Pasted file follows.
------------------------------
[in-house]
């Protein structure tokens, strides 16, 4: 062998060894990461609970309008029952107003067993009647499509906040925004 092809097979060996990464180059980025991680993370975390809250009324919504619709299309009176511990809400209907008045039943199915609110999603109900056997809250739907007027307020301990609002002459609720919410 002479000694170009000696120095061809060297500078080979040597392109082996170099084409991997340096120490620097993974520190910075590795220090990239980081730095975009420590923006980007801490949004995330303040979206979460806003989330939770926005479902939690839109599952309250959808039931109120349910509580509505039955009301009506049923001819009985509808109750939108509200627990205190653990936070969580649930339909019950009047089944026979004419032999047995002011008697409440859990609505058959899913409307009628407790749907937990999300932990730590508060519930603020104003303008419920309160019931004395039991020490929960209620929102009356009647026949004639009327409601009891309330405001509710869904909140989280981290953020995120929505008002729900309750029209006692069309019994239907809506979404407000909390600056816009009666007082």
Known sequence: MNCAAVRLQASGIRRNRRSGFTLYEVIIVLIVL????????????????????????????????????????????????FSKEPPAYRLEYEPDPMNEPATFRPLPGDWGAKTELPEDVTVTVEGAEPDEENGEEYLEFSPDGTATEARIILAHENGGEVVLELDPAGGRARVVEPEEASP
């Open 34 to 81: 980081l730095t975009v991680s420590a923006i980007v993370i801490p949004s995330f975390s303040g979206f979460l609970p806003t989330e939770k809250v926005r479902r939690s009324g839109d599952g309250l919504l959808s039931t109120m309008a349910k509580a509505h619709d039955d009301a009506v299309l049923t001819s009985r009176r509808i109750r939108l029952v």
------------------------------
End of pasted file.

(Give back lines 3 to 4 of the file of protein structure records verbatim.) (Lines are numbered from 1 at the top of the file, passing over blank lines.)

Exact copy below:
Known sequence: MNCAAVRLQASGIRRNRRSGFTLYEVIIVLIVL????????????????????????????????????????????????FSKEPPAYRLEYEPDPMNEPATFRPLPGDWGAKTELPEDVTVTVEGAEPDEENGEEYLEFSPDGTATEARIILAHENGGEVVLELDPAGGRARVVEPEEASP
């Open 34 to 81: 980081l730095t975009v991680s420590a923006i980007v993370i801490p949004s995330f975390s303040g979206f979460l609970p806003t989330e939770k809250v926005r479902r939690s009324g839109d599952g309250l919504l959808s039931t109120m309008a349910k509580a509505h619709d039955d009301a009506v299309l049923t001819s009985r009176r509808i109750r939108l029952v």